We showed the up-regulation of defense related genes in the leaves upon T. harzianum treatment. Induced resistance is a state of enhanced defensive capacity developed by a plant when appropriately stimulated. In the case where this phenomenon is caused by root colonization by one or more beneficial micro-organism(s) the term induced systemic resistance is used (ISR). ISR by T. harzianum has previously been shown for other crops such as tomato (De Meyer et al., 1998; Harel et al., 2014). The enhanced expression of the defense genes in strawberry leaves of plants colonized with T. harzianum was only present when miscanthus straw was pre-colonized with T. harzianum, whereas the direct addition of T. harzianum spores to mixes was not effective. Similarly, Krause et al. (2001) showed that potting mixes prepared with peat do not lead to ISR in plants, but amendment of such media with lignocellulosic compounds such as composted pine bark increases efficacy of biocontrol agents and leads to systemic resistance. Whether the induced defense is also present in fruits, and if the defense response is further enhanced upon infection (so-called “priming”) remains to be further studied.
Surprisingly, the relative abundance of Trichoderma sp. in the rhizosphere community was low for all mixtures (<1%), whereas the relative abundance of the fungal Humicola spp. increased significantly, especially when miscanthus was pre-colonized with T. harzianum. Little is known about the genus Humicola. Chung and Hoitink (1990) showed an interaction between Trichoderma and Humicola in compost and Harman et al. (2004) showed that Trichoderma spp. can parasitize other fungi. Although further experiments are needed to confirm this view, we hypothesize that Humicola spp. are resistant to mycoparasitism by Trichoderma and therefore can rapidly colonize the empty niche created by Trichoderma-induced fungal death in the rhizosphere. Interestingly, the lignocellulose degrading genus Humicola is also known to be involved in disease suppression (Ko et al., 2011; Yang et al., 2014; Xu et al., 2016), which could further explain the increased expression of genes encoding anti-fungal enzymes like chitinase 1 and 2 and phenylalanine ammonia lyase in the strawberry leaves.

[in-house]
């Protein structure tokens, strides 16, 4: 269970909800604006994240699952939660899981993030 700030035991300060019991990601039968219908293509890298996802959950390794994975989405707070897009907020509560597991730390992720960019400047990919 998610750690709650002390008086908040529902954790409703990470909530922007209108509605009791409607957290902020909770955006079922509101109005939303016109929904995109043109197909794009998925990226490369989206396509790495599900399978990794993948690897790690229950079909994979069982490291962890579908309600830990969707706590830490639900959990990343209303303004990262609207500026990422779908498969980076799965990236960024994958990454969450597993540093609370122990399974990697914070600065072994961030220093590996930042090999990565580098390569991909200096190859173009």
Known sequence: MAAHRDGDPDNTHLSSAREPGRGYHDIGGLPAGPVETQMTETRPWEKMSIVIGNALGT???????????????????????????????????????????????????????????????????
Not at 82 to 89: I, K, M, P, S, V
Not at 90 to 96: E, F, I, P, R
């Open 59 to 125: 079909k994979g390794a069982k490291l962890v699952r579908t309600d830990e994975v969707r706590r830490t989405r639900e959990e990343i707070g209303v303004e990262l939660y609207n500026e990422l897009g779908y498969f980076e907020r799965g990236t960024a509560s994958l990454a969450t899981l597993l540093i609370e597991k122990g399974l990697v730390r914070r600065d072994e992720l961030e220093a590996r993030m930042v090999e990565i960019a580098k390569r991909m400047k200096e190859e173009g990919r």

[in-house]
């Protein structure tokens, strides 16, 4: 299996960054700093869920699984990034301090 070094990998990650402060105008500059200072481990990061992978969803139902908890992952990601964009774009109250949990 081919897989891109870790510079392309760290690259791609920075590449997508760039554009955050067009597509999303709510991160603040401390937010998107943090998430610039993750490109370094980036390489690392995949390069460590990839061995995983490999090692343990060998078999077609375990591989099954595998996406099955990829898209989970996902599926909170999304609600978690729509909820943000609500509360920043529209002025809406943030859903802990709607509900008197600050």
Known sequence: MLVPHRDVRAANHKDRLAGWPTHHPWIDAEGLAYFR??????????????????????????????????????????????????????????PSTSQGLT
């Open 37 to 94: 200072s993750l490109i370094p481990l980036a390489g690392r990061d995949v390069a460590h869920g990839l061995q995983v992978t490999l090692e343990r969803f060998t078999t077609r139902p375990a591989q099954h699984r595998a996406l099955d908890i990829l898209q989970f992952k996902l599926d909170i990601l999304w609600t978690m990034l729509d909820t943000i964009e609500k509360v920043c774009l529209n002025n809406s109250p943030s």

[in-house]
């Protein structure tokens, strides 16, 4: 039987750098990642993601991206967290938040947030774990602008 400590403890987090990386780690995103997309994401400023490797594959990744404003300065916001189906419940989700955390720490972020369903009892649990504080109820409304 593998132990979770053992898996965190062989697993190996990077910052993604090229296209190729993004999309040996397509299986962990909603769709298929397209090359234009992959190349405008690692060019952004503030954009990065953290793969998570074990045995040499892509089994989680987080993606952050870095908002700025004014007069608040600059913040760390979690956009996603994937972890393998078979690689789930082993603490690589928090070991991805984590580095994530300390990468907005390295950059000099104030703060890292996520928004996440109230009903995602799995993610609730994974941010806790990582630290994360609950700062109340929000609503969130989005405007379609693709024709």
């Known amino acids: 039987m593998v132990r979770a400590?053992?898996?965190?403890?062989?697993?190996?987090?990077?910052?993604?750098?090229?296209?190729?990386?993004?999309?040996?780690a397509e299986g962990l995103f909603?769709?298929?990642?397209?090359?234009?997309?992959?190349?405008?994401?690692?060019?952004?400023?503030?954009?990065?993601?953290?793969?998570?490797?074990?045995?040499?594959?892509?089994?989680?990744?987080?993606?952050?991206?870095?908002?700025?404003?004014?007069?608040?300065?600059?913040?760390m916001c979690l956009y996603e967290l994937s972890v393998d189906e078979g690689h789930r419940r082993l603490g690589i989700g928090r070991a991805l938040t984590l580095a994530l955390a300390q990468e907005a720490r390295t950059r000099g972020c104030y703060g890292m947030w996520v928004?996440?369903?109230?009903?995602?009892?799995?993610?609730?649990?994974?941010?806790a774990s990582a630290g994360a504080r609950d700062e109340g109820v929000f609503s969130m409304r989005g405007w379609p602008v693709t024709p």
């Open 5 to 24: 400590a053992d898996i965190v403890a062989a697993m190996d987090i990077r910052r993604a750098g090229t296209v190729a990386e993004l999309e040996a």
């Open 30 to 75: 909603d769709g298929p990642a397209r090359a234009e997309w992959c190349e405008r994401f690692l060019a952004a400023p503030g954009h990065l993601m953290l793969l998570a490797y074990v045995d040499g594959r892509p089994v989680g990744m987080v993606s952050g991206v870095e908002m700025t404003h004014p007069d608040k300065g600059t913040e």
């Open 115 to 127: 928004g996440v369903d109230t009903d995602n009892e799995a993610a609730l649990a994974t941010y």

To conclude, this study shows that miscanthus straw can partially replace peat in growing media when enough N is supplied during the cultivation in order to compensate for N immobilization in miscanthus straw. In addition, we showed that miscanthus straw is a good carrier for the biological control agent T. harzianum in order to increase the disease suppressiveness of the growing media.